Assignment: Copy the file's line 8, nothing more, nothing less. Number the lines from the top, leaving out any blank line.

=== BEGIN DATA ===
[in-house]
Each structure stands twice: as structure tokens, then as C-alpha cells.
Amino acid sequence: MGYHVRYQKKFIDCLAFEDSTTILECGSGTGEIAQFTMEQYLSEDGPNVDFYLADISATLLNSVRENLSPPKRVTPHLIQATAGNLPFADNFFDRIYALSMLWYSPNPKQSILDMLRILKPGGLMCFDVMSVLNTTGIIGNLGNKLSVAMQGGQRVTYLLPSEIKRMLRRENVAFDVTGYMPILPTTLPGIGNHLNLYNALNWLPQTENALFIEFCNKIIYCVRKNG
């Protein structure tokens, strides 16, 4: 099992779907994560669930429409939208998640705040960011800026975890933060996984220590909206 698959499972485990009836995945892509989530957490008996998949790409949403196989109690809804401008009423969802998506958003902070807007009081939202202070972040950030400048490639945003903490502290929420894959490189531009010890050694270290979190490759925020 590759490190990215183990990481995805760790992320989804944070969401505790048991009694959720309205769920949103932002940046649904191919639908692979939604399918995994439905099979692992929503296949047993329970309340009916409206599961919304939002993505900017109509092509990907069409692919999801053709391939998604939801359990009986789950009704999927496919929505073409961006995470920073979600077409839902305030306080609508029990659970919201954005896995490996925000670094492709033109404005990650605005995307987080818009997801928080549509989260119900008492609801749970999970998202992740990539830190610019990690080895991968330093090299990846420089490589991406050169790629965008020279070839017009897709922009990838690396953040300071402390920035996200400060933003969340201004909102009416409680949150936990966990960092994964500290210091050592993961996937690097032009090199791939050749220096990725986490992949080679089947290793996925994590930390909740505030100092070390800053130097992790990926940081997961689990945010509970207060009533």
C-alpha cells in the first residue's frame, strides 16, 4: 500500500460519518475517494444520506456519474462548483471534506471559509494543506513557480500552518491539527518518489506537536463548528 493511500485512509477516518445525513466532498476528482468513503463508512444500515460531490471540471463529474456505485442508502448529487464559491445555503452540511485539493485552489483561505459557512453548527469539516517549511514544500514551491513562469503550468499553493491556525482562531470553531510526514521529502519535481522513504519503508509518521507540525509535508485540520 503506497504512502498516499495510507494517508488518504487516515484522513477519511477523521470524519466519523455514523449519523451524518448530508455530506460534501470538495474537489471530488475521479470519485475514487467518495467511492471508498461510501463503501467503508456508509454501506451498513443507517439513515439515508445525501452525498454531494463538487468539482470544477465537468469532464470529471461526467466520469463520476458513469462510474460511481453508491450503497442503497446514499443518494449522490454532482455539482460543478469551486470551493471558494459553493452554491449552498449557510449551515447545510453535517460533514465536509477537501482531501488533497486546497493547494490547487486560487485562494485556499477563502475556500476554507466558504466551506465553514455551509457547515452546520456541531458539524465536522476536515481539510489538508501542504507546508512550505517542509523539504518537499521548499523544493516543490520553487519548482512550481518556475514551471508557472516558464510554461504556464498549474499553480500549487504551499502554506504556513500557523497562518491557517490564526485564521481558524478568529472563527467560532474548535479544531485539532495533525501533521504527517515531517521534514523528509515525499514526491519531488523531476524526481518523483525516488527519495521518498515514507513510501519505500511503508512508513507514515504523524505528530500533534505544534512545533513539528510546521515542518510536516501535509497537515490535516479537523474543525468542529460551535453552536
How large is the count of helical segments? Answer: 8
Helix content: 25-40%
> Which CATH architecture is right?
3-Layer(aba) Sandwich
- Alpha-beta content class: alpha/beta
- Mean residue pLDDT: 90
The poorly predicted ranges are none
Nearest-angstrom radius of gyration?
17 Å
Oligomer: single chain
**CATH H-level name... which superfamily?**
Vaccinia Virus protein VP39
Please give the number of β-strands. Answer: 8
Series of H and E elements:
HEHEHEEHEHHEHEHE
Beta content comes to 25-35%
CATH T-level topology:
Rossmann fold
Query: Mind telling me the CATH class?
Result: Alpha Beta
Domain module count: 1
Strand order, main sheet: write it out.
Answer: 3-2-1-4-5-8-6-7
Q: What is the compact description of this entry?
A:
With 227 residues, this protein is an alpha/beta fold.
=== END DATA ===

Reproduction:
> Which CATH architecture is right?